Barbara Jordan deserves recognition for cultural, political impact


Taheera Washington and Kailyn Hayes / Hilltop Views

The Barbara Jordan exhibit featured a timeline that displays her accomplishments from birth to death. The exhibit was also shown during Barbara Jordan week Feb. 20 to Feb. 24.

The Barbara Jordan Foundation hosted a multimodal exhibit at the Capitol from Feb. 15-22

to celebrate the life of Barbara Jordan, a groundbreaking African-American activist, politician and policymaker worthy of all the praise. She was the first to do so much, yet she’s often undermined in importance when discussing legislation today. 

The exhibit highlighted the ways Jordan was first. She was the first woman elected into the Texas Senate in 1966 and the first black congresswoman to come from the deep south of Houston, Texas from 1972 to 1978. Jordan was also the first African American woman to deliver a keynote address at the 1976 Democratic National Convention. She would later deliver another address at the 1992 Democratic National Convention.

Her legacy is rooted in her impact on the Watergate Hearings in 1964 and the Voting Rights Act of 1965. With her strong, eloquent speech style and confidence in her ideals of justice, Jordan soon became a figure of pride for America’s values rooted in the Constitution and African Americans particularly women. 

Another landmark in Jordan’s portfolio of accomplishments is her short time as state governor. Her colleagues recognized her talent and catapulted her to pro tempore, which allowed her to be Governor for a day. According to the exhibit, the president pro tempore is legally third in succession to the state governor’s office, meaning that Jordan is the only African American woman to preside over the United States Legislature and the first African American to preside over the Texas Legislature.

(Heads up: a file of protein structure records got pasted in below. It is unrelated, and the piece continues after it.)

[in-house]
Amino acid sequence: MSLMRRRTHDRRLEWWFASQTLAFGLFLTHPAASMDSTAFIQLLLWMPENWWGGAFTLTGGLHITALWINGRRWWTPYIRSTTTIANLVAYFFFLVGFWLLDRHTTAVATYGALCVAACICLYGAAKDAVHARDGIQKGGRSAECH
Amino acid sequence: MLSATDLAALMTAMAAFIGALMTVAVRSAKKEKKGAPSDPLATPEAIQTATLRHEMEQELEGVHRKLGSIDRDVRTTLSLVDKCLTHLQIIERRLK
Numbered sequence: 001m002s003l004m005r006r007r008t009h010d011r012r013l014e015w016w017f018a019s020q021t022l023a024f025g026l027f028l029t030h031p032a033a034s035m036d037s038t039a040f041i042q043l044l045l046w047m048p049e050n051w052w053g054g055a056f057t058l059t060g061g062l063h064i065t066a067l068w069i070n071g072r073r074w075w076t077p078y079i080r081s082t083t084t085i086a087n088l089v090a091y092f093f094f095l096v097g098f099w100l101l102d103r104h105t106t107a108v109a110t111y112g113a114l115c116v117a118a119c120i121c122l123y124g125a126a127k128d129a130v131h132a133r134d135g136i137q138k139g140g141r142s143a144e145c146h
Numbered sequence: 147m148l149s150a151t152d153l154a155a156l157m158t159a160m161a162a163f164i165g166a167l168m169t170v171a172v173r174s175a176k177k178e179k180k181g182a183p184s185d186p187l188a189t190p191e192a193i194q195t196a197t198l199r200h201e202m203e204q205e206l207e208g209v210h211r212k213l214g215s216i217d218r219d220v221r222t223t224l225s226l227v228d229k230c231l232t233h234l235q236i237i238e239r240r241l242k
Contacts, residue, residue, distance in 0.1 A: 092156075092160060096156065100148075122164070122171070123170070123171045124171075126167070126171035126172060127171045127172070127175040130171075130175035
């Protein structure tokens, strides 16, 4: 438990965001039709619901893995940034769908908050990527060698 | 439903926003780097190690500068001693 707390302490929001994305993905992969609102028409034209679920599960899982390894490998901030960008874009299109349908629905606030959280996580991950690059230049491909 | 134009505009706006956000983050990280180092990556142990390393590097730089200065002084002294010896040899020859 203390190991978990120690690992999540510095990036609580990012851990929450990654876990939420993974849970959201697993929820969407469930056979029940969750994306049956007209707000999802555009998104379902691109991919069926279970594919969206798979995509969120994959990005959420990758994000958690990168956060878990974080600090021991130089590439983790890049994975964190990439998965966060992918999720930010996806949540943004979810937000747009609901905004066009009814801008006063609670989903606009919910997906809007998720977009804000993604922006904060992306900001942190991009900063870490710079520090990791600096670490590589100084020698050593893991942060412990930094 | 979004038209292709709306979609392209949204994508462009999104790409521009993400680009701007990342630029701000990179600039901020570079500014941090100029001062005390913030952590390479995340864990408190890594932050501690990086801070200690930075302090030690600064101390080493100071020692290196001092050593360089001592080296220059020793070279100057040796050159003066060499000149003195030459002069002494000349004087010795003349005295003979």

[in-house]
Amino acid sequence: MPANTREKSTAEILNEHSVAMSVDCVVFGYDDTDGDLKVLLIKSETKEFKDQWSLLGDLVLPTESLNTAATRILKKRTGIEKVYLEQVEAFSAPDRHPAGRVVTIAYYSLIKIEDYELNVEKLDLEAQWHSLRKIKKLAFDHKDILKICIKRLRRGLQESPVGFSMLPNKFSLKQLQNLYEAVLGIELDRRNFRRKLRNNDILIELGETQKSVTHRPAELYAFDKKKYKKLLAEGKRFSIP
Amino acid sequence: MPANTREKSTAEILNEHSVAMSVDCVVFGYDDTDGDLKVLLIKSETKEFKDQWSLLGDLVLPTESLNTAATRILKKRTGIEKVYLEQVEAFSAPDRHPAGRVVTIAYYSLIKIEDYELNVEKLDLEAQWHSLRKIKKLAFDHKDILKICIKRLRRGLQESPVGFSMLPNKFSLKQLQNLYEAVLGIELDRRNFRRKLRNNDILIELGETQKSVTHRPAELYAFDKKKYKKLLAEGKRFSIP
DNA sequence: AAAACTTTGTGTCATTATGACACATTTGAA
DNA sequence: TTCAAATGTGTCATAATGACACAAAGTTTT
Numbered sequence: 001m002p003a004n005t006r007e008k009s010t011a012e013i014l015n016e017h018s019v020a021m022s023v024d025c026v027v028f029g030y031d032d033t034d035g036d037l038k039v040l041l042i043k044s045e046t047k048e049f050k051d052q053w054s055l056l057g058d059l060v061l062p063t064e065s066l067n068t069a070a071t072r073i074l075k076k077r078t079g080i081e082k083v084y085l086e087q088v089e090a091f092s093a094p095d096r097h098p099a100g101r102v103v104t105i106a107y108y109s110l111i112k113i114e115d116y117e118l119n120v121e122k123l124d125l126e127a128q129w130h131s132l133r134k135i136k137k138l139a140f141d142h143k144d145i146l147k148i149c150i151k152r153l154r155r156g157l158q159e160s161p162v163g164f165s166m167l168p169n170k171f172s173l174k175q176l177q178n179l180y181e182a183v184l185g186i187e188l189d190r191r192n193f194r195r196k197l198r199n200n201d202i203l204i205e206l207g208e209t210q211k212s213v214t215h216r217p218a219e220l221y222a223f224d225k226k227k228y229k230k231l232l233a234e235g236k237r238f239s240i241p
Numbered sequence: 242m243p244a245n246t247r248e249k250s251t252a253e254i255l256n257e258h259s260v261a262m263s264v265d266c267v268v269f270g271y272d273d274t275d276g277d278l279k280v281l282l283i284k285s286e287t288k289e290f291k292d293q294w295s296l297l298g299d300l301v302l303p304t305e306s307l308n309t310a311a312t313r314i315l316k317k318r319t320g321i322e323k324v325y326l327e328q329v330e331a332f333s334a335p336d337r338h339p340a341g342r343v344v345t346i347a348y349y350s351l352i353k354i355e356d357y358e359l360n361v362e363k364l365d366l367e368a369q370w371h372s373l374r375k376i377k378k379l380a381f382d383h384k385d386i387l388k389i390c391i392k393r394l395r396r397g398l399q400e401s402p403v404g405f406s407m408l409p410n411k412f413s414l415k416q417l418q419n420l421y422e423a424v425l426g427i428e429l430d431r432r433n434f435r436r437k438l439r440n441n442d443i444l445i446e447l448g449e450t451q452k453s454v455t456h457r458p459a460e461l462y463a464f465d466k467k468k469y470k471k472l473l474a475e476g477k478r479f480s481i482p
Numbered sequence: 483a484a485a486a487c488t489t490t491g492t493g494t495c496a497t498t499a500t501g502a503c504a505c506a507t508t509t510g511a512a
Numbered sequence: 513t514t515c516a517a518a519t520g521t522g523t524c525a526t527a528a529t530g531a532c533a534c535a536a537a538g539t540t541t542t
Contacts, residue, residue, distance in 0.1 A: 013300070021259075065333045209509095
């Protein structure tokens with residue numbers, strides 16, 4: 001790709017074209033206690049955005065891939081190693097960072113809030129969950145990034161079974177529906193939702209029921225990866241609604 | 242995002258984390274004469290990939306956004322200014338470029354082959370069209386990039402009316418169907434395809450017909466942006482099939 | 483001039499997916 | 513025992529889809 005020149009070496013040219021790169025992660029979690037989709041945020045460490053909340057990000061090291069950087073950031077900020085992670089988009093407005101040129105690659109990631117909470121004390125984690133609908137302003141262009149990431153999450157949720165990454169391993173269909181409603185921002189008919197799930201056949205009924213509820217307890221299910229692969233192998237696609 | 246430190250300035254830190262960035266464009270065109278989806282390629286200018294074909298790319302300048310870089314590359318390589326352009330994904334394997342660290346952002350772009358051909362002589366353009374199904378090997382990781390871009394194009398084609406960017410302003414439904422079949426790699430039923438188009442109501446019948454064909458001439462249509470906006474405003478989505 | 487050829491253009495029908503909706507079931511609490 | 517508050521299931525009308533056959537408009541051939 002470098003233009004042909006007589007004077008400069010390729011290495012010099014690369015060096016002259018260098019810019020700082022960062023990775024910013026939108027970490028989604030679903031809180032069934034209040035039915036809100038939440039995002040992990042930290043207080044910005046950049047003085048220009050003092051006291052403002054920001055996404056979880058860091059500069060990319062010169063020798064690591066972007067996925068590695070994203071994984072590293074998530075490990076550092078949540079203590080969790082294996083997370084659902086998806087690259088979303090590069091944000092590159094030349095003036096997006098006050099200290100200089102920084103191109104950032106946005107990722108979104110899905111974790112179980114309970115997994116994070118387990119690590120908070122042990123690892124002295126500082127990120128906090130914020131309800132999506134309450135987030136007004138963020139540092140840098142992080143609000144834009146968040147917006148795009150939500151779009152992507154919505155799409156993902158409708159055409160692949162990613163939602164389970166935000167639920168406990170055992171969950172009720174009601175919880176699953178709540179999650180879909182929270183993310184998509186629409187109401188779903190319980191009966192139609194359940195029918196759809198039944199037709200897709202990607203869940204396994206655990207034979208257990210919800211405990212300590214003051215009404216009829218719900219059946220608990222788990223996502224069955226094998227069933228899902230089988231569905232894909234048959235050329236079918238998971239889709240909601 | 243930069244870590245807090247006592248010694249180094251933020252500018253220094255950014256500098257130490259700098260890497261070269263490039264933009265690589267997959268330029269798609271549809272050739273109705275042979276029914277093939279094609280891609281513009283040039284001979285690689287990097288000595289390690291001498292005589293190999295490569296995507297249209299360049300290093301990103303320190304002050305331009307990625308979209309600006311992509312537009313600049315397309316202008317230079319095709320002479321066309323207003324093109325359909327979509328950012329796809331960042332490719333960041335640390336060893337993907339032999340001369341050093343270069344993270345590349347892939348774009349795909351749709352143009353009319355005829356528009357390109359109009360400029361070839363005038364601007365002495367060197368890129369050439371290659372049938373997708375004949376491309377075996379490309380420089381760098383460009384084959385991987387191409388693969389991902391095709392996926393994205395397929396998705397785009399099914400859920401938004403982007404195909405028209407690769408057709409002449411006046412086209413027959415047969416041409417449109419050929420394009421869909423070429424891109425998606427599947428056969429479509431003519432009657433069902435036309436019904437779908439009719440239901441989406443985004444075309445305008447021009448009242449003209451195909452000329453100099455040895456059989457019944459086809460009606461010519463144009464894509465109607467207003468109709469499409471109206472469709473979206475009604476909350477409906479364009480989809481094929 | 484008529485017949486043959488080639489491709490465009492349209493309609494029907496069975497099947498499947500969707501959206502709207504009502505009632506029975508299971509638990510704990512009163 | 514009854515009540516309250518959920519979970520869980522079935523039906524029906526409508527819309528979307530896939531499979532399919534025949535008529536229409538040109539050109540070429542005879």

For merely only a day, Jordan’s position conveyed a movement to equal representation in office an aspect of government still needing improvement today —since it’s appalling that she’s still the only African American to be state governor. 

Yet, upon visiting the exhibit, it was underwhelming for a woman of Jordan’s stature. The exhibit itself is merely a rotunda with posters about her life spread around as if you were visiting a science fair. This emphasizes the decrease in importance educators are putting on her historical impact, creating a generational gap in who knows Jordan and who doesn’t.

Still, Jordan’s legacy resonates today with an airport terminal named after her, along with a school and street. These namesakes serve as important reminders of her legacy to the communities she was heavily involved in. 

Remembering Jordan is important because of her advocacy for civil rights, gender equality, education and working class. Through legislation, Jordan gifted Texas its first minimum wage law. These efforts still resound today because of the various issues we see today surrounding minimum wage. 

While it’s no easy feat in today’s society, it was certainly more difficult for a black woman to achieve the level of success that Jordan did. Even in her death, Jordan made history by being the first African American person to be buried in the Texas State Cemetery. All in all, Jordan is an influential figure that deserves even more recognition for being a key figure for African Americans.